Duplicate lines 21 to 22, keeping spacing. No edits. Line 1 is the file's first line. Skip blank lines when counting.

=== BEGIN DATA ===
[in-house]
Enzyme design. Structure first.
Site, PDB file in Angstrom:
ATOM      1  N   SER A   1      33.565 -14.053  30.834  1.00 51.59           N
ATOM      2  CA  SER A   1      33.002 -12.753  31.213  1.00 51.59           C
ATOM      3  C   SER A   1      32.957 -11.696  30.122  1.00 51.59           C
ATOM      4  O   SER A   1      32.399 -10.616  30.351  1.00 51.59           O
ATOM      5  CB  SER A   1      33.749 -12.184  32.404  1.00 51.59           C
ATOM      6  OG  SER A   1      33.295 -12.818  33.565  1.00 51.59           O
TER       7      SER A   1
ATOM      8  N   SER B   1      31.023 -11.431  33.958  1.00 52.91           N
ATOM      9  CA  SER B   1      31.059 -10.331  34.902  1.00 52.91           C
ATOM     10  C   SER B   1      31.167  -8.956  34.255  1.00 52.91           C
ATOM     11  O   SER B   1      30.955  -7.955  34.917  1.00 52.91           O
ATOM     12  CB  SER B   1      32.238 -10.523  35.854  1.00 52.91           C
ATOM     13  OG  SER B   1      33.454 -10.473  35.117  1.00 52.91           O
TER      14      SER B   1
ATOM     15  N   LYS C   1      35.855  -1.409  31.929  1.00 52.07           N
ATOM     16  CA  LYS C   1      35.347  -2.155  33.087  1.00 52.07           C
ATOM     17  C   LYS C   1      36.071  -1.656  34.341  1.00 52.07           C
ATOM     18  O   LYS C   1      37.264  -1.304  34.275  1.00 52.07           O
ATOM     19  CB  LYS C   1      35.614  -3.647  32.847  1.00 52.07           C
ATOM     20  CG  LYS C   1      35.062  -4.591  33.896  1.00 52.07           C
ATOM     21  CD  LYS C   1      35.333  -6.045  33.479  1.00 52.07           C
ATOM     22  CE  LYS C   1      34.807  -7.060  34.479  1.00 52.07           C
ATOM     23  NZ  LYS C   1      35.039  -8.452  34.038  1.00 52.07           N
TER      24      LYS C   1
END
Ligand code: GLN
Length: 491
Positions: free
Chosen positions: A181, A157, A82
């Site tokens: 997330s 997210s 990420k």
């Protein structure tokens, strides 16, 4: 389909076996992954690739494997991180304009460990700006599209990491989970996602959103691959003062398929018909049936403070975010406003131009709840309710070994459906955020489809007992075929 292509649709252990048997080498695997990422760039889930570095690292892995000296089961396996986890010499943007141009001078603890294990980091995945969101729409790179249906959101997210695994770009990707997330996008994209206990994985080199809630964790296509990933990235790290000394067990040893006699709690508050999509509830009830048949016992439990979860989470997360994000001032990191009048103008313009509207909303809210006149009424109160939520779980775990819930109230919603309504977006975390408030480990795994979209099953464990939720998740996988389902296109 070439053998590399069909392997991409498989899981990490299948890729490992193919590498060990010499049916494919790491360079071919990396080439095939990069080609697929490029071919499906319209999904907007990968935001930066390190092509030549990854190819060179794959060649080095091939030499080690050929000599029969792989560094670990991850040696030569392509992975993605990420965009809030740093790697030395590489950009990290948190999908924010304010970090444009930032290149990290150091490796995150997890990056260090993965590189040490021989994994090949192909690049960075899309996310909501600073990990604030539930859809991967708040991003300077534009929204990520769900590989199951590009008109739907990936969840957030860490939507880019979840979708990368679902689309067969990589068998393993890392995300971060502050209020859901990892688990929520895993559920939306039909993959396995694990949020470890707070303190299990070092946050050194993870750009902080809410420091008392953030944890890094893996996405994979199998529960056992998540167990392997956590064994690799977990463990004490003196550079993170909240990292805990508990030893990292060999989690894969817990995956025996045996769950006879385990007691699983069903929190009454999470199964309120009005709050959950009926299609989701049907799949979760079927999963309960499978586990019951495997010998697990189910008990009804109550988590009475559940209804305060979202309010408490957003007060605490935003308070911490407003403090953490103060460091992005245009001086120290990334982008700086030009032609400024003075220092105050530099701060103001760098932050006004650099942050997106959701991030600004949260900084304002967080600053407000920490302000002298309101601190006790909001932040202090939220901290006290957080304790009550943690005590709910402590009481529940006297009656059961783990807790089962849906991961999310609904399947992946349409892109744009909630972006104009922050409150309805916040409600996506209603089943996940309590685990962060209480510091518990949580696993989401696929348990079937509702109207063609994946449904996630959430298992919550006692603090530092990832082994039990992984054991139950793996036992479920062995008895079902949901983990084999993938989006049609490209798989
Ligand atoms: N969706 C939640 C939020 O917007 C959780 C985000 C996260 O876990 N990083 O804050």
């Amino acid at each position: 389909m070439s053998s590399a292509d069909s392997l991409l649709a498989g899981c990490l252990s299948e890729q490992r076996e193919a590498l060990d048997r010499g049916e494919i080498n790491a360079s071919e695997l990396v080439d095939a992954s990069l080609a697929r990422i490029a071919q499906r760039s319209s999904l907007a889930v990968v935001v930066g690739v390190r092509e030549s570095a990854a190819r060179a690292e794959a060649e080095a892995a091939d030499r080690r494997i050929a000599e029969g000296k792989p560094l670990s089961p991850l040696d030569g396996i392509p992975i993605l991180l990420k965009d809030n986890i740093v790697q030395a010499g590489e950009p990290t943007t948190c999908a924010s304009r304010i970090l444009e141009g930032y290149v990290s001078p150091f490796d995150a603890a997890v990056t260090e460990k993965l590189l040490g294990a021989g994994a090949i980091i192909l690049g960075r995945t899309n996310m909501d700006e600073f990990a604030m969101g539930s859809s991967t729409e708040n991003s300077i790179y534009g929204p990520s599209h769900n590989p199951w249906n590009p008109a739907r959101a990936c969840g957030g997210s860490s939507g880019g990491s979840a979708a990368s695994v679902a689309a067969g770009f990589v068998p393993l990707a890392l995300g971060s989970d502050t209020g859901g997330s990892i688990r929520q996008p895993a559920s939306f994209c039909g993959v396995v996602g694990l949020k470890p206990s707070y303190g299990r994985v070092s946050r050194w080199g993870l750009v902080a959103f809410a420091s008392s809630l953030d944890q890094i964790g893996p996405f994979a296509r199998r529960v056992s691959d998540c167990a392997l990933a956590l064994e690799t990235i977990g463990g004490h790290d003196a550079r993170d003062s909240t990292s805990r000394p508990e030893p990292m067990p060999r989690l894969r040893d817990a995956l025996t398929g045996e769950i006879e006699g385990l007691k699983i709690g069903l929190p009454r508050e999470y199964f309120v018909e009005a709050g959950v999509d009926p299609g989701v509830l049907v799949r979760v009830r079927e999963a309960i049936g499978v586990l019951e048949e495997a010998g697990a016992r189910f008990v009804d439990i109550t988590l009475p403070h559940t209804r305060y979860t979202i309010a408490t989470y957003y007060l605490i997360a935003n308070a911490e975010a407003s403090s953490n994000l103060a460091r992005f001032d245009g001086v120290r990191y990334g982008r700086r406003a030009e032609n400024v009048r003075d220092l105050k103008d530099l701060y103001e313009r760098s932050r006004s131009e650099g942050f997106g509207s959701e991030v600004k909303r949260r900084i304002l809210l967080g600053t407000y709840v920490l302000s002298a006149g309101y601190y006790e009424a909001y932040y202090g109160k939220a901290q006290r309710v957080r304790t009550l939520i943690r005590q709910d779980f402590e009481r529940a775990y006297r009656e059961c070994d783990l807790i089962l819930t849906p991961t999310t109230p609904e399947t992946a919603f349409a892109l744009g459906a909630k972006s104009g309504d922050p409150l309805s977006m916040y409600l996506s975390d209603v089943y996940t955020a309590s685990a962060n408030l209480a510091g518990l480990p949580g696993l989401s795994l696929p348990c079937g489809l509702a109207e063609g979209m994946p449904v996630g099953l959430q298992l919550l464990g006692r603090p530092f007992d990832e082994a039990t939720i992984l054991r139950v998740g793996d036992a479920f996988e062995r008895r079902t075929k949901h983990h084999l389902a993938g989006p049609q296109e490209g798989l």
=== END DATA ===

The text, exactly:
ATOM     18  O   LYS C   1      37.264  -1.304  34.275  1.00 52.07           O
ATOM     19  CB  LYS C   1      35.614  -3.647  32.847  1.00 52.07           C